IPTV and M&A
By that time, Schutte believes the IPTV sector will have undergone significant consolidation -- a process that is already underway, of course -- with Thomson one of the active, rather than passive, players. (See FT Unit Reels In Orca and Ericsson: Tandberg Is Key to IPTV.)
"This sector needs consolidation sooner rather than later, and Thomson will act as a consolidator rather than be consolidated. We'll look to strengthen our portfolio and our partnerships," with a view to becoming a key technology provider to cable operators, wireless players, and pure Web services companies as well as regular telecom operators, notes Schutte.
But Schutte still expects to see a steady stream of new entrants. "It's an aggressive market and there will always be room for smaller players" that can target business at the Tier 3 operators, local service providers, municipalities, and utilities players. The small specialists "can differentiate against the likes of Thomson, Microsoft, Nokia Networks , Ericsson AB (Nasdaq: ERIC), and Alcatel-Lucent."
The consolidation process will happen more in the "middle layer, in companies where there is more of a mix of technology, applications, and service capabilities," and will also include the outfits that have developed IPTV technology in-house for specific operators.
That, then, would include the teams that have developed technology for many of the world's biggest current IPTV operators, such as Iliad (Euronext: ILD), PCCW Ltd. (NYSE: PCW; Hong Kong: 0008), Neuf Cegetel Group (Euronext: NEUF), and Fastweb SpA (Milan: FWB). And it's a consolidation process that already has a precedent, as Lucent took over the development of Telefónica SA (NYSE: TEF)'s capabilities in 2006, and has now developed the Spanish giant's platform as part of its MiView IPTV offering. (See Top Ten: IPTV Carriers and Lucent, Telefonica Team on IPTV.)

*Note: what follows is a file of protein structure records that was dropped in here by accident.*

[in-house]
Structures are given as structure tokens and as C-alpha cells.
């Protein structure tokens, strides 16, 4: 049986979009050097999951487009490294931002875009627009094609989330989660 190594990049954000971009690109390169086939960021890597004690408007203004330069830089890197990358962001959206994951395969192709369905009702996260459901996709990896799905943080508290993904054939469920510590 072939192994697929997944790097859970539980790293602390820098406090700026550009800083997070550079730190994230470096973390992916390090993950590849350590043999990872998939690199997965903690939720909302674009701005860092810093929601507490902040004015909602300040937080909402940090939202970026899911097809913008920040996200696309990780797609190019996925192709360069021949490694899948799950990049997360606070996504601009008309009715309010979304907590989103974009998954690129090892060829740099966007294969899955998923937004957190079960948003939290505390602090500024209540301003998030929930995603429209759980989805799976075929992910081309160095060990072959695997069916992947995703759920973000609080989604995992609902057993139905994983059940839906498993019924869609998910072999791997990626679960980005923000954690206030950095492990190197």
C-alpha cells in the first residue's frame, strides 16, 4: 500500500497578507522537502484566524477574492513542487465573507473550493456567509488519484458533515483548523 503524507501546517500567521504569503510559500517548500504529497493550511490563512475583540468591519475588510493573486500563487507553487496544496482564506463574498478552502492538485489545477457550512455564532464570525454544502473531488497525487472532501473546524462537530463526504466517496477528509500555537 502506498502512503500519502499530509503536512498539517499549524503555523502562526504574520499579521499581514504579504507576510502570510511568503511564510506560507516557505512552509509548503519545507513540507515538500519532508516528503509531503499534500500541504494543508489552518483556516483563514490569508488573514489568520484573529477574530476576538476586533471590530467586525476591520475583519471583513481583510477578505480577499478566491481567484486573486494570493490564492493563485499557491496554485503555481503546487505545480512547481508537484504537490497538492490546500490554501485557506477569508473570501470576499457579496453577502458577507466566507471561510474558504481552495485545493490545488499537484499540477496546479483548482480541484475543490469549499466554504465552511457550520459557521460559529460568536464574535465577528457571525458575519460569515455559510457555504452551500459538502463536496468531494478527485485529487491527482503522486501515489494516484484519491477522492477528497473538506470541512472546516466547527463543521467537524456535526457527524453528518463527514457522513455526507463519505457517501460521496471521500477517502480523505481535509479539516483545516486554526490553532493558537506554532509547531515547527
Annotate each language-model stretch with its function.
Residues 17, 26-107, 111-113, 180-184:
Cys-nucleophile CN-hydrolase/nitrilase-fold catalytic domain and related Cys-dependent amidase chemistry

IPTV's next phase
That consolidation process will be part of the IPTV sector's next phase of development, which will be driven largely by the market's early movers. Schutte reckons there's a window of about 18 months for operators that are widening their IPTV subscriber bases, during which they can concentrate on delivering and bedding down the initial TV-over-broadband service. After that first year and a half, those carriers start to look for add-ons such as interactivity.
"A lot of operators are now in that 18-month window, and are looking at other, blended services that will help them compete with their satellite and cable competitors. They have the capabilities, and they're under pressure to do something. Look at Deutsche Telekom AG (NYSE: DT) [a Microsoft IPTV customer] -- it now believes it's in a position to launch new services quickly and has initiated a competition on its [IPTV] platform," notes Schutte. (See DT Launches IPTV Competition.)
"IPTV is going to be a real catalyst for change, and will enable a lot of new services," believes Schutte. "Primarily, the marketing [in the IPTV sector] has been technology-led... but it's all about services and interoperability, not about pushing a technology."
— Ray Le Maistre, International News Editor, Light Reading